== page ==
In the past nine months, ad agencies have been inundated with pitches from new generative AI companies, as well as incumbent tech giants like Meta and Google.
However, as agencies delve deeper into the practicalities of existing generative AI tools, a growing sense of skepticism is taking hold based on frustrations with where the tools still need to improve, as well as a worrying homogenization of work that uses AI, tempering the mass excitement of the tech, according to eight agencies.
“Not a lot of attention [is] paid to [the] fit and finish of these tools,” said Adam Buhler, svp of creative technology at Digitas. “Everyone is trying to get their feature into the market before others and the implementation is not fully baked in.”
Keeping up with the flurry of new tech is just one challenge. There are over 360 generative AI companies in 2023, according to CB Insights, and funding for the sector has increased fivefold in the first half of 2023 compared to the full year of 2022.
These companies offer generative AI solutions to revamp sometimes dreary marketing tasks like ad copywriting, generating ad visuals at scale and query-based campaign recommendations like media planning.
Take digital marketing agency Winclap, which received 40 new pitches for generative AI tools across various use cases in Q3 alone. After testing, the agency discarded over 60% of them due to issues like hallucinations, according to Leandro Santos, head of creative studio, Winclap.
Performance agency Tinuiti’s practice lead, emerging tech, Nirish Parsad, reviews every new generative AI pitch at least three times. Despite initial variations, subsequent evaluations reveal uncanny similarities in creative output across all demos, including similar product backgrounds and ad copy, regardless of the brand category.
For some agencies, demos appear effective in providing marketers with recommendations to improve campaign performance, but when the tools are queried multiple times, these tools often produce hallucinatory results.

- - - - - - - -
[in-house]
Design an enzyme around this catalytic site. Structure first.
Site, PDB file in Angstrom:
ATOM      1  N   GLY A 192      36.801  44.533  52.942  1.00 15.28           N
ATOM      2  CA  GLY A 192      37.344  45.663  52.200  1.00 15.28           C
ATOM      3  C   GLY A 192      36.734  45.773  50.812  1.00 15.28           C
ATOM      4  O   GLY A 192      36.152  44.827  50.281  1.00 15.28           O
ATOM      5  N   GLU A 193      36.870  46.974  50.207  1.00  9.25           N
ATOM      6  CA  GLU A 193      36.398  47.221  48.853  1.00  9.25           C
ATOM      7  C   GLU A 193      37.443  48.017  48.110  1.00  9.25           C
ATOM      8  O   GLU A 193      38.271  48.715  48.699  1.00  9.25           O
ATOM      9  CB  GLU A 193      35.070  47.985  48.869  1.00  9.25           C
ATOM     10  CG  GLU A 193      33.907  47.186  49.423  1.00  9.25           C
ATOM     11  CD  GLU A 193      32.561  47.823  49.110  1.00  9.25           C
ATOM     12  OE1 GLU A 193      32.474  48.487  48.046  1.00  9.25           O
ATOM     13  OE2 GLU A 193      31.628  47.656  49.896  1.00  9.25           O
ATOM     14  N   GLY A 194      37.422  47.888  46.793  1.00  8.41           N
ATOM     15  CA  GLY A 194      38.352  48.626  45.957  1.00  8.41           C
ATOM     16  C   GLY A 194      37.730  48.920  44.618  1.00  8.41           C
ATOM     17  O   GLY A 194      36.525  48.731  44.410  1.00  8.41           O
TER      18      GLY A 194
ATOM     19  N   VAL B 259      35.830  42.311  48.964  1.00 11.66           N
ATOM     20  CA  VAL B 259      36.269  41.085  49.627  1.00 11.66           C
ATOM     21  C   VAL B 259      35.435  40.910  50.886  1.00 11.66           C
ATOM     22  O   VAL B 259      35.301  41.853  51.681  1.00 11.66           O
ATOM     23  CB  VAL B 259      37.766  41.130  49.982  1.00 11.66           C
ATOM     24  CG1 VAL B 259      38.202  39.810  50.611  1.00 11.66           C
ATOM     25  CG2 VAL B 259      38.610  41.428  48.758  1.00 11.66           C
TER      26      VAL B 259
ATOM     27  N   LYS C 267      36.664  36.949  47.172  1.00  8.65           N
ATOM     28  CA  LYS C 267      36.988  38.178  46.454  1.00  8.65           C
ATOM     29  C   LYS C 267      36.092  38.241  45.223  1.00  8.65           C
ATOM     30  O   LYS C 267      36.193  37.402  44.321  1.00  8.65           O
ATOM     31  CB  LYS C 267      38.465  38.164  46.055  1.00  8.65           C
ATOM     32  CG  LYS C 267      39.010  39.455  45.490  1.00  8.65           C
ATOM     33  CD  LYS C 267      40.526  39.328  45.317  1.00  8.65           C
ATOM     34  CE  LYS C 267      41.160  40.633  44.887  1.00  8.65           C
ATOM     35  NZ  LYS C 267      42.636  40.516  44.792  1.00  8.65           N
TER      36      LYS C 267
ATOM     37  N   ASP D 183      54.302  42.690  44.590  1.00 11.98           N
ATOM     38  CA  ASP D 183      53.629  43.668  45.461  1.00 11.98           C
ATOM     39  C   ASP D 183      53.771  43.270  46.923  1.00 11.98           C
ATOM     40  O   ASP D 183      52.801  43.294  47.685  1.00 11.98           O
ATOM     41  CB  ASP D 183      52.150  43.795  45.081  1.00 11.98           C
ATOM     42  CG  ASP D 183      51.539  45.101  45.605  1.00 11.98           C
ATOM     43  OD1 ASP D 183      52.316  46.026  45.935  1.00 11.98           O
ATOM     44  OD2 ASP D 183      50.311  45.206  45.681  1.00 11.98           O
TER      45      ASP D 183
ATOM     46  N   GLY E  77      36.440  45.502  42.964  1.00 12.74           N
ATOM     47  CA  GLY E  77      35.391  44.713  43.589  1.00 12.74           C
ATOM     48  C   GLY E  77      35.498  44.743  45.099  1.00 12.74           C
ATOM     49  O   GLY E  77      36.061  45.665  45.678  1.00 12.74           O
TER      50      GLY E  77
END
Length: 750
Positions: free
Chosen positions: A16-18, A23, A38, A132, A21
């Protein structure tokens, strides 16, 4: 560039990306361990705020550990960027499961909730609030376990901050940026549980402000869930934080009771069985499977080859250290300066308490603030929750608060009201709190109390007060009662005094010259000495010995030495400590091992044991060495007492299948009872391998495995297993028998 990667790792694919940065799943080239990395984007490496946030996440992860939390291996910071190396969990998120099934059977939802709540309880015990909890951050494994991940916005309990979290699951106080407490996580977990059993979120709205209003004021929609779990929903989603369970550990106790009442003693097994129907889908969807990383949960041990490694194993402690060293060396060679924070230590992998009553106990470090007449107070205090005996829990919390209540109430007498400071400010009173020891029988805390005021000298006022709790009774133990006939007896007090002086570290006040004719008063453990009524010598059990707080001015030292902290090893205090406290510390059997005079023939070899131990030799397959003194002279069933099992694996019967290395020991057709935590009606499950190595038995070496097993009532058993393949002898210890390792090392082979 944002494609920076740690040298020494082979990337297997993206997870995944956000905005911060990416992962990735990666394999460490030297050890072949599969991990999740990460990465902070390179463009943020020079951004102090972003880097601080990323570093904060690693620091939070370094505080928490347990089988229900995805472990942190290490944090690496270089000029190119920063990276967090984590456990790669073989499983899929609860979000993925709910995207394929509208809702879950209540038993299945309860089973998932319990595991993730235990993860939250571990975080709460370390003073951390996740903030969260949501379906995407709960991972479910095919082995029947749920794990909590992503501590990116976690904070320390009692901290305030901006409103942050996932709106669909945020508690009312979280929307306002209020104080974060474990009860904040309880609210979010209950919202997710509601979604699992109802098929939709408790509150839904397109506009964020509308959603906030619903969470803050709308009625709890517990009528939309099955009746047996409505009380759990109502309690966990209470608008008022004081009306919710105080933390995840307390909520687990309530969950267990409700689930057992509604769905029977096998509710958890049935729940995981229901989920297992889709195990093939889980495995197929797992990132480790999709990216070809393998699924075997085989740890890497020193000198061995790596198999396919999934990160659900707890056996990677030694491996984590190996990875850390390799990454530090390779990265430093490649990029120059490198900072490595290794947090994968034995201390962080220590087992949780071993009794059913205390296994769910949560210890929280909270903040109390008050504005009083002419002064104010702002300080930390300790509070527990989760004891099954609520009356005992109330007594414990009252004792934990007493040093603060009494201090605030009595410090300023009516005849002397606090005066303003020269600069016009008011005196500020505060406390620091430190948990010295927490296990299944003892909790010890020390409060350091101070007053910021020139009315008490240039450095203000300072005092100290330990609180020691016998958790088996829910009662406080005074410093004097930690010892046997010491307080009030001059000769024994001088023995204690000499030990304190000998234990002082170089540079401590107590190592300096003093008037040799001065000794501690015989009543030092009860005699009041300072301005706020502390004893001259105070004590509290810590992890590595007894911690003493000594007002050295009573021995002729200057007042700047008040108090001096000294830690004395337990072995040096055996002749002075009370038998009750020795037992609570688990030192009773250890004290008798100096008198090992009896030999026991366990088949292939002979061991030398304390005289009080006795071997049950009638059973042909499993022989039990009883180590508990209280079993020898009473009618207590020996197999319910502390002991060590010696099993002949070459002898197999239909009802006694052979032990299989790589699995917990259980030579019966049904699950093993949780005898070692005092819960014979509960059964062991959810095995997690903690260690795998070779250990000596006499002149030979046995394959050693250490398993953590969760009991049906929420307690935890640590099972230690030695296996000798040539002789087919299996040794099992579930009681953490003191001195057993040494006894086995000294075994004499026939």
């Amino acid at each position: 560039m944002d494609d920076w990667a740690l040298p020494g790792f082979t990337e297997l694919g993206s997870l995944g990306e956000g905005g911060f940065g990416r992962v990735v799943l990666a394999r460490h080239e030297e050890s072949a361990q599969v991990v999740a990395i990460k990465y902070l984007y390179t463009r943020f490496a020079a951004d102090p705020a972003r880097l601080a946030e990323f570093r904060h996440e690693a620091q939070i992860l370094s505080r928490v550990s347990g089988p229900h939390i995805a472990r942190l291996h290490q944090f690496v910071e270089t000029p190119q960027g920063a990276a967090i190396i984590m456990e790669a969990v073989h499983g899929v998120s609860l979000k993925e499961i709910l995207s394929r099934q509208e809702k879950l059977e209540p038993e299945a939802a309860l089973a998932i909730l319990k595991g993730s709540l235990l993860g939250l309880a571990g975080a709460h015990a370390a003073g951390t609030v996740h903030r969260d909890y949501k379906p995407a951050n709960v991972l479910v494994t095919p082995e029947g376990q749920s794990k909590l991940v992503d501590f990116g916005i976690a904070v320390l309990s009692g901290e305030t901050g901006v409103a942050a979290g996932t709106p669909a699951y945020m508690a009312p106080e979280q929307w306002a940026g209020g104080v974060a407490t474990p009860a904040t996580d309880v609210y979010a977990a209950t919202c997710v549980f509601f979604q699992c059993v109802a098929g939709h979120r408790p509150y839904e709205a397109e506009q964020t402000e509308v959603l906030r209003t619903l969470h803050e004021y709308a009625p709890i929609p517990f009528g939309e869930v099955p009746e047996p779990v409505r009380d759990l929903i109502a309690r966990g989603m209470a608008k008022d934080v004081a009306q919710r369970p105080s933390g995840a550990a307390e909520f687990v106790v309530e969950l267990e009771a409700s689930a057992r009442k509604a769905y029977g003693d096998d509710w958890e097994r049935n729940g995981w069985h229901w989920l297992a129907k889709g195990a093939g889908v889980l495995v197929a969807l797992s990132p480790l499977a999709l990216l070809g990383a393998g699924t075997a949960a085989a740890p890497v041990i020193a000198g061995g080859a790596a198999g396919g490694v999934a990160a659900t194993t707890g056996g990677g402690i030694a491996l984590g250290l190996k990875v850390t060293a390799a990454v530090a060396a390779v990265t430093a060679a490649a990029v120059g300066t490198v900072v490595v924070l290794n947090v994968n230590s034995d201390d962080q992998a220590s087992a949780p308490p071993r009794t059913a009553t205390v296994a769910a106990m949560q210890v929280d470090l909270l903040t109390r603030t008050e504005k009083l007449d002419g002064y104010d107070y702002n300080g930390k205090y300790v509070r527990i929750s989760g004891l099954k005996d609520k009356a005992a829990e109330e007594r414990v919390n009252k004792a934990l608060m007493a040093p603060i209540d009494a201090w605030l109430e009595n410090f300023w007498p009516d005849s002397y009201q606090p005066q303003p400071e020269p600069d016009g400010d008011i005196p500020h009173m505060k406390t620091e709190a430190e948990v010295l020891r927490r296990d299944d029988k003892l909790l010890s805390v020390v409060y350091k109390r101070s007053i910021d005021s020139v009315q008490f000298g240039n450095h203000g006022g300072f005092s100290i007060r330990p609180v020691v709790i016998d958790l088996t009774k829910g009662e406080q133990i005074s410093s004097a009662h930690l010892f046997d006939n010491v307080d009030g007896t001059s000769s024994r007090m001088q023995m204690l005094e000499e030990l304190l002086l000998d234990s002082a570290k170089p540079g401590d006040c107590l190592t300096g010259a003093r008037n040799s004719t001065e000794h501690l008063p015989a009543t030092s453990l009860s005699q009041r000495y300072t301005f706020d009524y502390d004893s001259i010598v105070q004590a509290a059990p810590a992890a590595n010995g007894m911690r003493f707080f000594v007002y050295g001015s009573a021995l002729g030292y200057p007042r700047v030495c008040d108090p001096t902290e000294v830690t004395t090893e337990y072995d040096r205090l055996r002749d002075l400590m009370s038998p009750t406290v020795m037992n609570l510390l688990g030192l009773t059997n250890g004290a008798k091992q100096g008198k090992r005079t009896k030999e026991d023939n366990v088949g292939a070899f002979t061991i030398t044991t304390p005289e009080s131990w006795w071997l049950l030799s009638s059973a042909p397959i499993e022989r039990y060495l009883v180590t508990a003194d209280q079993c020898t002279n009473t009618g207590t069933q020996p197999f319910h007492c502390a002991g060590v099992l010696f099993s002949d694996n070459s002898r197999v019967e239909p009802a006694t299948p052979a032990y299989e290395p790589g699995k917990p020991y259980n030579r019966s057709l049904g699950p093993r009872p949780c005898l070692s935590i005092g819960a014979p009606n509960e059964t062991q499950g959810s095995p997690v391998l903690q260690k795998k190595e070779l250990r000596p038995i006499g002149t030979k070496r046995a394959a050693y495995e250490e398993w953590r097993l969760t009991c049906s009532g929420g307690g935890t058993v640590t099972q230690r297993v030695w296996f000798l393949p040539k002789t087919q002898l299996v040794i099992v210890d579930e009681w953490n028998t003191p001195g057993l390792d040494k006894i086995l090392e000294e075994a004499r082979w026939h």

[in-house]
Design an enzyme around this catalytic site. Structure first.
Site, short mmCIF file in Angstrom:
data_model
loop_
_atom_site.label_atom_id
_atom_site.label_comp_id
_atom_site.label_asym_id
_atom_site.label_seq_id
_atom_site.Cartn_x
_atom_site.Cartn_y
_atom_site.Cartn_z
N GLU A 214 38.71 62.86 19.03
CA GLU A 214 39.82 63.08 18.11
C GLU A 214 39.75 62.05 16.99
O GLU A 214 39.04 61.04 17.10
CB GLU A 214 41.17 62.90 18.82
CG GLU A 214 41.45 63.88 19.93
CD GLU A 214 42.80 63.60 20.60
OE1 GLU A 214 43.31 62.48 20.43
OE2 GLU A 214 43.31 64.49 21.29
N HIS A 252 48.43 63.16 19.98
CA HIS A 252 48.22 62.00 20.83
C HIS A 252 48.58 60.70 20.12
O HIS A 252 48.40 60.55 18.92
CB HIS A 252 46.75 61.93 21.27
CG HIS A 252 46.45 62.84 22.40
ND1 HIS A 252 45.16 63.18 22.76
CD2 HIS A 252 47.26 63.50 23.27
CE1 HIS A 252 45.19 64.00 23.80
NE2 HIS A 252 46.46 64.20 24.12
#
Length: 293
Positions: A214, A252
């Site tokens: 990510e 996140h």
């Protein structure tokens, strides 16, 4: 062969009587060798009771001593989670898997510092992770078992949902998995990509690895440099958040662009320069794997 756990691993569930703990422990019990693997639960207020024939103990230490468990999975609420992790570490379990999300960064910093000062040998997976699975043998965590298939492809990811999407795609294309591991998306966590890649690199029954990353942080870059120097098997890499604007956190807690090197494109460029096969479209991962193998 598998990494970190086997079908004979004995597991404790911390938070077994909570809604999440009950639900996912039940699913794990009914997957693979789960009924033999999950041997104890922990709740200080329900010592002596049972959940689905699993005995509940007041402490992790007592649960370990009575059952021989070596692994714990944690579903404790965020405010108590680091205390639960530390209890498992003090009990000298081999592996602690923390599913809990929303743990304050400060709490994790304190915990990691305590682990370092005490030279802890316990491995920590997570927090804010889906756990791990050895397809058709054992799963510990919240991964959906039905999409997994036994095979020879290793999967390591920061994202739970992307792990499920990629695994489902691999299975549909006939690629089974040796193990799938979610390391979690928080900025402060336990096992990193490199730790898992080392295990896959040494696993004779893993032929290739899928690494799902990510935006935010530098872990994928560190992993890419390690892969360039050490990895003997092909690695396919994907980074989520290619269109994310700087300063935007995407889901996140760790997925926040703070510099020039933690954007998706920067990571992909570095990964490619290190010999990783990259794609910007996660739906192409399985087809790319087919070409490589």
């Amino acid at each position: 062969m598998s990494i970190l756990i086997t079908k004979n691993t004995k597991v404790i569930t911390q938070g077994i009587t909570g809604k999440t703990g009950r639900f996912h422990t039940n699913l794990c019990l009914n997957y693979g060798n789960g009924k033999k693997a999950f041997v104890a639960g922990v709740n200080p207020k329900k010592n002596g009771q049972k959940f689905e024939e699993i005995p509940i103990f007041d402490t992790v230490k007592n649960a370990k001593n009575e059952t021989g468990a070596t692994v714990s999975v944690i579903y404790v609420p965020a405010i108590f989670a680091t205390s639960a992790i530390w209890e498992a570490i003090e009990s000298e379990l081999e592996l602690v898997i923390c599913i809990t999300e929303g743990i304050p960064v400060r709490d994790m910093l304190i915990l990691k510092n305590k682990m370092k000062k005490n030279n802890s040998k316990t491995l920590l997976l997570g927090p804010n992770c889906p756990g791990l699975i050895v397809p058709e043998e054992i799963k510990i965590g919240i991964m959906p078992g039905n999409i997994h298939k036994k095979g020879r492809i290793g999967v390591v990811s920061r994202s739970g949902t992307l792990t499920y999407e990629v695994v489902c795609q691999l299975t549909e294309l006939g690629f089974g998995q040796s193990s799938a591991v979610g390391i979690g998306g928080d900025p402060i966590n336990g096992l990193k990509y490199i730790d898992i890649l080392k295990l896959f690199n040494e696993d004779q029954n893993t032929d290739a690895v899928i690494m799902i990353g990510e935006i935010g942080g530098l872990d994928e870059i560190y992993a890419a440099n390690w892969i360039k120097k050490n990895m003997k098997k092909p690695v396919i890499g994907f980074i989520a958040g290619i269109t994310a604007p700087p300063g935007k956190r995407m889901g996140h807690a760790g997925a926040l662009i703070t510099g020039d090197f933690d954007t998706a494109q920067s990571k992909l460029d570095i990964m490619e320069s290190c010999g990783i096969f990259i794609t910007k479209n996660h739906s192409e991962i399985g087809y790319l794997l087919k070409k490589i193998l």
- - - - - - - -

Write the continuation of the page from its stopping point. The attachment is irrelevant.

“Over the past year, we’ve seen a shift from back-room testing and caution to a bit of a tech arms race to launch new AI features and new AI tools,” said Brian Yamada, chief innovation officer at agency VMLY&R. “Many of the tools come with a warning sign that they won’t always get things right and are looking for feedback to improve.”
Generative AI’s awkward reality
An agency executive who requested to speak on background, tested Microsoft’s GitHub Copilot to assist the agency’s engineers and developers. During these tests, when Copilot was tasked with generating code for a specific brand website function, it occasionally produced code directly derived from real-world examples on which it had been trained.
“It will give you somebody else’s code and that’s not good,” the executive said. “This is the issue with all generative AI tools including Dall-E.”
“GitHub Copilot generates unique code suggestions using context provided by the user. Our previous research shows that in rare situations (less than 1%), a suggestion may match code in GitHub’s public repositories, and these matches most often occur when a user has provided little or no context to Copilot,” a GitHub spokesperson told Adweek.
Meanwhile, Digitas is assessing a generative AI tool designed to assist in brainstorming and revising copy for copywriters. It found that the tool frequently generates generic copy and instead has added time to the copywriters’ workflow to verify the accuracy and validity of the generated content, said Digitas’ Buhler.
The reality of generative AI’s limitations highlights the need for ongoing training.
In a recent study conducted by technology company SOCi, polling over 300 digital marketers, 70% expressed feeling overwhelmed by the rapid evolution of AI and its integration into their marketing strategies, while 42% reported not receiving any formal training on AI and its marketing applications. To address this gap, some agencies are training employees on how to refine their prompts into these tools for desired outcomes.
Brainlabs, Media.Monks, Tinuiti, and Digitas are training their employees through prompt engineering, crafting inputs for generative AI tools to ensure the generation of optimal outputs.
“Generative AI will be a big part of our process to speed up the briefing and script development,” said Brainlabs’ Julia Amorim, global svp of creative. “It’s essential that our creative directors are well versed in that scale, and it becomes part of their overall toolkit.”
Meanwhile, Digitas uses an internal tool to screen generative AI outputs for plagiarism.
Still, if these AI systems become ubiquitous, there’s a looming danger of brands all having highly similar creativity, which leads to a homogenous brand landscape, said Tinuiti’s Parsad.